Truth is, publishing is one of the easiest industries in which work can be done remotely. If magazines and blogs can do it, so can brands.
But that doesn’t mean building a newsroom is easy. Fortunately, modern technology has allowed the cookie makers to tell their own stories without buying printing presses and trucks. And if they start thinking about how the best new-media companies would tell that cookie story, they might never have to design another “takeover” ad.
What do brand newsrooms need to succeed?
1. Put quality first.
In brand newsrooms, “speed is often stressed over quality,” Steve Rubel, chief content strategist for Edelman, said via email. “The latter is far more important. Everyone is competing for the same attention bandwidth and that means brands are going up against media pros with decades of experience.”
Digital publishing today is an arms race, with more and more people getting into the game. With content increasingly spreading — or not spreading — because of what people do on social media, the quality of storytelling has to improve. A story must inform, surprise, inspire and delight the reader — and make him or her look good to friends.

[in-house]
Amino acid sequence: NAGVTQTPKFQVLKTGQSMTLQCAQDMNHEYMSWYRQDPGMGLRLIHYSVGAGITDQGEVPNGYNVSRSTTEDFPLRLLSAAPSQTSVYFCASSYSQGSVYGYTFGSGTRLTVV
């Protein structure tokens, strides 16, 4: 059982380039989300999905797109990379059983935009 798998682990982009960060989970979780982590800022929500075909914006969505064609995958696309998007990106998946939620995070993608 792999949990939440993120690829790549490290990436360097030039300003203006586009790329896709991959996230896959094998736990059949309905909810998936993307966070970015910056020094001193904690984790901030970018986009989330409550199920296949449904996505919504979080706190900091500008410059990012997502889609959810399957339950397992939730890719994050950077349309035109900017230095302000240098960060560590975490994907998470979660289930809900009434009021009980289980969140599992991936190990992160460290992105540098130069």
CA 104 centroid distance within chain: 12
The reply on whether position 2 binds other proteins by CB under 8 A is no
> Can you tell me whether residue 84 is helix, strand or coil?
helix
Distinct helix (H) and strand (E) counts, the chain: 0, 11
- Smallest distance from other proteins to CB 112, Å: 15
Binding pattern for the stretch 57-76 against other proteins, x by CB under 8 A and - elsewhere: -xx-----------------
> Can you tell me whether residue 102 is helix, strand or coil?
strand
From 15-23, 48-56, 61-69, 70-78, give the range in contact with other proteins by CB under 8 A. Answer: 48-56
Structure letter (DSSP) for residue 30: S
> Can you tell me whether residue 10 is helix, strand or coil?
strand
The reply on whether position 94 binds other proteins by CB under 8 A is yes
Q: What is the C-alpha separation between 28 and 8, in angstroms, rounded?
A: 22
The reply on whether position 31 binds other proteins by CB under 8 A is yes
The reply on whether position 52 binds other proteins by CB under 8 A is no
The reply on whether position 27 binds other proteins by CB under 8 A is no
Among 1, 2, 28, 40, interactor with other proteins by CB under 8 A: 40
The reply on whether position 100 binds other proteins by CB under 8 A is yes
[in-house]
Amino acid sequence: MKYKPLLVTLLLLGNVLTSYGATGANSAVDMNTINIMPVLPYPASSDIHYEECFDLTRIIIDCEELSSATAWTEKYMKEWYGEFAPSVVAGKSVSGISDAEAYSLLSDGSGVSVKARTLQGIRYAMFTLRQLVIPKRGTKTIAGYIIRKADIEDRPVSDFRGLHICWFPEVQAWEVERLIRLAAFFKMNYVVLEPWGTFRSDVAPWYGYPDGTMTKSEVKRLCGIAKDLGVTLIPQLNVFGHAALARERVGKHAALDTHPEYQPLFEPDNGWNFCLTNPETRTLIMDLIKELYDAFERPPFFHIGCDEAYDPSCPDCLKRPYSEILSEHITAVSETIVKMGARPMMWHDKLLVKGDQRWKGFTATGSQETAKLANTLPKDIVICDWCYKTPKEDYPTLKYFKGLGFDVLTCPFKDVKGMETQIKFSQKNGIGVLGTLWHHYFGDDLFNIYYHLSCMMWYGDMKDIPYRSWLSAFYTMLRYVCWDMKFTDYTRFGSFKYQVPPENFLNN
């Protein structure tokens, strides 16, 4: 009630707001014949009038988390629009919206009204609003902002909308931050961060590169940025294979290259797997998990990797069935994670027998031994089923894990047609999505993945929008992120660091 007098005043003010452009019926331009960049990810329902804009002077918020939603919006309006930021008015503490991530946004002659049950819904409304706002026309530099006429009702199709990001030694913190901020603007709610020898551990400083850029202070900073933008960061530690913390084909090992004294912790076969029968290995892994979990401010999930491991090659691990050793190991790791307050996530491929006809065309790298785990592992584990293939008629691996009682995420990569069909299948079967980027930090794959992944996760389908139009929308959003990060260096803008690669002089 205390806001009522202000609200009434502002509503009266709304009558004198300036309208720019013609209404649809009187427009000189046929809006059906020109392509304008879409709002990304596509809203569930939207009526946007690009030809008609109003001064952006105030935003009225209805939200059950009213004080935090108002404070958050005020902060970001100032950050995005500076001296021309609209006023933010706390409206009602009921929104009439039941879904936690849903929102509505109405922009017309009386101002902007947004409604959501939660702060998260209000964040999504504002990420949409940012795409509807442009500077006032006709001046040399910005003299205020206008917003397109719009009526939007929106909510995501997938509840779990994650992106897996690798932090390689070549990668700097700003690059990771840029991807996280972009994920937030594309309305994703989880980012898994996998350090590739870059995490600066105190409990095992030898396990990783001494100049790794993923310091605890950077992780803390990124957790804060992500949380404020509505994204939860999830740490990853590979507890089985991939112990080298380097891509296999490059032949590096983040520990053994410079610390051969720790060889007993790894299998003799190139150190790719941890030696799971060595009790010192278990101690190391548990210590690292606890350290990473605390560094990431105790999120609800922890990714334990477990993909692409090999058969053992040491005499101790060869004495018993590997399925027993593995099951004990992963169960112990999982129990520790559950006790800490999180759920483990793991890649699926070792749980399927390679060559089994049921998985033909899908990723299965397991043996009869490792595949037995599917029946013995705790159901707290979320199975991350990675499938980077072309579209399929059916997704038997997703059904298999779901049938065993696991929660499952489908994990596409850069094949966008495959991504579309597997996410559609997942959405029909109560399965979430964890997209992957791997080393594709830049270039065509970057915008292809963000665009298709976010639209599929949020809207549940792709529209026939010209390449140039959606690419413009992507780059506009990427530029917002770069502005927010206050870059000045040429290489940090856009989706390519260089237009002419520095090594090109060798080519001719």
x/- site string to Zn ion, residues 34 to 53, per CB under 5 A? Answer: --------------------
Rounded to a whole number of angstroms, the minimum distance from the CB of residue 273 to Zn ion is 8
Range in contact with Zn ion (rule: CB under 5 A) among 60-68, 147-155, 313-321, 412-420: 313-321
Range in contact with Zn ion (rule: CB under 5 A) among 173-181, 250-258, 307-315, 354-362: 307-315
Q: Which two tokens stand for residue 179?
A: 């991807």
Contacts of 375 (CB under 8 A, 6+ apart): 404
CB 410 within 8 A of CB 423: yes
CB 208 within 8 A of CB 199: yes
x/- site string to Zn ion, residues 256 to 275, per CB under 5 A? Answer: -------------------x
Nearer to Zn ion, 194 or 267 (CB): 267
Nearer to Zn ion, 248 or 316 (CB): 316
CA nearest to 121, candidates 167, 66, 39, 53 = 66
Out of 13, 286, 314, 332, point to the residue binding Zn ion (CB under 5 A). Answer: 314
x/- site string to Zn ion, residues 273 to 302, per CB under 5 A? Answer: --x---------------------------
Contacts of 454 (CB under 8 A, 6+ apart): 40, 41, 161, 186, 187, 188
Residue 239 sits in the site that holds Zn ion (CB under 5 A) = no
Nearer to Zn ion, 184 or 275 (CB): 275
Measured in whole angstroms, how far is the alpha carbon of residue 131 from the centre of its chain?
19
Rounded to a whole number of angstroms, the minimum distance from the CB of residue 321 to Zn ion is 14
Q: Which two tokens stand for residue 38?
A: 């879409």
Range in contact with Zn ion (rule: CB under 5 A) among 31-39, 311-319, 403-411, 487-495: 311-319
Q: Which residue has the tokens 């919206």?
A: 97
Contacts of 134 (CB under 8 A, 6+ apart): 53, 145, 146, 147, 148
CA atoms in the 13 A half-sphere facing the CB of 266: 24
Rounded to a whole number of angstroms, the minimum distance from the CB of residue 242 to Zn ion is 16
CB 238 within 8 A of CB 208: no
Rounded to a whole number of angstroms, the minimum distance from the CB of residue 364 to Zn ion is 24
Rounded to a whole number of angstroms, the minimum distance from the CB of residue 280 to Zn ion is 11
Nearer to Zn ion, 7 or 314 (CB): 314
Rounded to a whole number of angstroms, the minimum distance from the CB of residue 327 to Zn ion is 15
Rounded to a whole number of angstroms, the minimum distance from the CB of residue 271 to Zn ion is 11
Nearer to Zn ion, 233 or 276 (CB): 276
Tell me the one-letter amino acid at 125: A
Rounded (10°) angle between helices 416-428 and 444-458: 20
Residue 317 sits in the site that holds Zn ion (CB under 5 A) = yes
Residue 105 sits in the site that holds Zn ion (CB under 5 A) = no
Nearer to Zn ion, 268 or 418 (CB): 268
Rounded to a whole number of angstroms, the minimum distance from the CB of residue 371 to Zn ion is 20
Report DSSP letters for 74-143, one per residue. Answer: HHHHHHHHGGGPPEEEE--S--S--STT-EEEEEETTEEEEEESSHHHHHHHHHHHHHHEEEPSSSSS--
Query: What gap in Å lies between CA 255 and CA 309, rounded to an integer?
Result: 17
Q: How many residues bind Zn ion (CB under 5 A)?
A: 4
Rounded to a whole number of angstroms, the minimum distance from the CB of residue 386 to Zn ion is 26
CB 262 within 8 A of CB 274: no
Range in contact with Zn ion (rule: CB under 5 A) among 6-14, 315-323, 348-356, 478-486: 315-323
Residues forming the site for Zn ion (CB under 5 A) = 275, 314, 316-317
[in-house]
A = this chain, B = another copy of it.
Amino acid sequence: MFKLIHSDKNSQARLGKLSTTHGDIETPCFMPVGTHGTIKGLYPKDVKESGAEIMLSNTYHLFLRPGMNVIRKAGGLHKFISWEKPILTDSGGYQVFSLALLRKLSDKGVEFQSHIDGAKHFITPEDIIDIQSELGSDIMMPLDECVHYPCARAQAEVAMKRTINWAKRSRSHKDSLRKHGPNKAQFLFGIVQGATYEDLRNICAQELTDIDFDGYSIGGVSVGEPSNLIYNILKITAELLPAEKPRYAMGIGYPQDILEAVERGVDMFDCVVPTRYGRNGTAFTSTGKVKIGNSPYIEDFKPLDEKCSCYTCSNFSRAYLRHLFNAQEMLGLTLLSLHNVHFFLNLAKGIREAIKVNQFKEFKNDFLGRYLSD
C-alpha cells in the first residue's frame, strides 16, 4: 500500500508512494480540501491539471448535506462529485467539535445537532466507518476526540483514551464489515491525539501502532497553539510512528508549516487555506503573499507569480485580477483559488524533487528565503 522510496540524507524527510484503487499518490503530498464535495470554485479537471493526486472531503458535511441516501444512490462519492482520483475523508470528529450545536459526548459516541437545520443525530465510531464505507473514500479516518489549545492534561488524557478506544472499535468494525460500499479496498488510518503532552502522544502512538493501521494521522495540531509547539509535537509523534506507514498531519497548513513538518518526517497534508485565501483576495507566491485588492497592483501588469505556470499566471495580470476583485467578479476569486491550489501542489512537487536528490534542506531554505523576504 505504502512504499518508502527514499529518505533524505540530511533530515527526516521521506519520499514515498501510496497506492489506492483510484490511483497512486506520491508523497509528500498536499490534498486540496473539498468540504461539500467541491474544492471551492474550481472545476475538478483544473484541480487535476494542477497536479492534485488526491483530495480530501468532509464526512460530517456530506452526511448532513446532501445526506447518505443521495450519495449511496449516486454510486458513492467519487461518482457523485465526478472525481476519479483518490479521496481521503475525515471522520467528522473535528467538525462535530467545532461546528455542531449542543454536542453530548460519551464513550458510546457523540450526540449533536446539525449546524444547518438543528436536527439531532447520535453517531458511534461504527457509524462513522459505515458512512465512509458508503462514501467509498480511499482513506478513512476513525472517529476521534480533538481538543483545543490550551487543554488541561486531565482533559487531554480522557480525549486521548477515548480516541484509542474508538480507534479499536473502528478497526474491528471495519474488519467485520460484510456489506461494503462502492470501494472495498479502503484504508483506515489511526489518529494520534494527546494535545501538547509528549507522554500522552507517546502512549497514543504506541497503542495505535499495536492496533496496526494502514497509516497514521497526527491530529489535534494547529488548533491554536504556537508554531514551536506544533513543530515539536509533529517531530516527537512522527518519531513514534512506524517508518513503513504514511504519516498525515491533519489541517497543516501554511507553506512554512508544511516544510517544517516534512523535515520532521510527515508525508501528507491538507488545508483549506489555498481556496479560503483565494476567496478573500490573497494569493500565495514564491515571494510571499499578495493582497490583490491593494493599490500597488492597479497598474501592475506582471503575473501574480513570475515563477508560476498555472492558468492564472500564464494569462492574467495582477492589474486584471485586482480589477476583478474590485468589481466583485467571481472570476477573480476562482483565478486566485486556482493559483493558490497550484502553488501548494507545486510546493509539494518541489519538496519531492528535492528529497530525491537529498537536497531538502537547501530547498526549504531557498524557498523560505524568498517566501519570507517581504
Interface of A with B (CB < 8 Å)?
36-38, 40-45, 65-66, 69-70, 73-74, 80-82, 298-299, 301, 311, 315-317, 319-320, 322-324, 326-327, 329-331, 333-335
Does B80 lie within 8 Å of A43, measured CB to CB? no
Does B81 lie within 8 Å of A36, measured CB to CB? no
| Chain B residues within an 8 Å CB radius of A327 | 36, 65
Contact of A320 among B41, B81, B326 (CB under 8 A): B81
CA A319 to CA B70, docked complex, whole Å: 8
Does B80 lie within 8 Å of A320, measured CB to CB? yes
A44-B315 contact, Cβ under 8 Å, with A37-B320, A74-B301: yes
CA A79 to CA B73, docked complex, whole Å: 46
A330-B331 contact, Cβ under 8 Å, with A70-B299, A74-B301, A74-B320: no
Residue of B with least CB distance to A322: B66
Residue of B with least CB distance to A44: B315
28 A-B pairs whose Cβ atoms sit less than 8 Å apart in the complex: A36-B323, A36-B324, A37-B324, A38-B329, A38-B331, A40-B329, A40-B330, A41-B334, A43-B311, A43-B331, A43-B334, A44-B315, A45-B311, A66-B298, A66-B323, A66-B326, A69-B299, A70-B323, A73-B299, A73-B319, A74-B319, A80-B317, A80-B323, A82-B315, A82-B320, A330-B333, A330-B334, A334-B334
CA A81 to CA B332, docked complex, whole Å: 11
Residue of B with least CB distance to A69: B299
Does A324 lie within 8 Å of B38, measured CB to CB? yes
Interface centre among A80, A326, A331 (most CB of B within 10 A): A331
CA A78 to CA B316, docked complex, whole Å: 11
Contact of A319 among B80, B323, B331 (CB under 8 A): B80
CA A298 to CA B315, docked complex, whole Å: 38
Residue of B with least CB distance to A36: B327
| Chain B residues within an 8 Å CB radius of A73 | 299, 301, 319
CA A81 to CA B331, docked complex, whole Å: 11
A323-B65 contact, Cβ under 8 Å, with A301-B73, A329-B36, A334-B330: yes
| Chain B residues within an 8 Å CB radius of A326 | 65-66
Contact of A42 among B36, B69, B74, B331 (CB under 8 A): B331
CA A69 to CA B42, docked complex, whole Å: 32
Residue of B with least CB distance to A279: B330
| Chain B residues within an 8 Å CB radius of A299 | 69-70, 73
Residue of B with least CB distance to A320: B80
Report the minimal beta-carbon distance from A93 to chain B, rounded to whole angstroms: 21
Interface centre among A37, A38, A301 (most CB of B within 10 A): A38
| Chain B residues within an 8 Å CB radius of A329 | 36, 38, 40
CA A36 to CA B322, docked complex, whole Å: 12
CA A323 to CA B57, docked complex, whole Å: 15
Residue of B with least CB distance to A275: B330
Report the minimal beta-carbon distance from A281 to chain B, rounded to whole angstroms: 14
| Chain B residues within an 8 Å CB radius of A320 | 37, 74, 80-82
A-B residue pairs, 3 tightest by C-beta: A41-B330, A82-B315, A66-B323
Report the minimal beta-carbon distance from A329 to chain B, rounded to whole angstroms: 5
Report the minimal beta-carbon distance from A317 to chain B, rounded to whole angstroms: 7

2. Have a strong relationship with the business side of the house.
“I share a lot of people with marketing,” said Mollie Chen, editorial director at Birchbox, which produces a monthly magazine and dozens of blog posts every week to grow its beauty-supply subscription brand. “Everyone is by design expected to understand every layer of the business.”
Birchbox’s newsroom success stems in large part from its integration with the core business; in fact, Chen was the company’s first hire. “It’s important to hire people who know how to tell stories,” she said in a phone interview, but added that “nothing gets created in a vacuum. There’s always a consideration of all three of our stakeholders: the customer, Birchbox, and our brand partners.”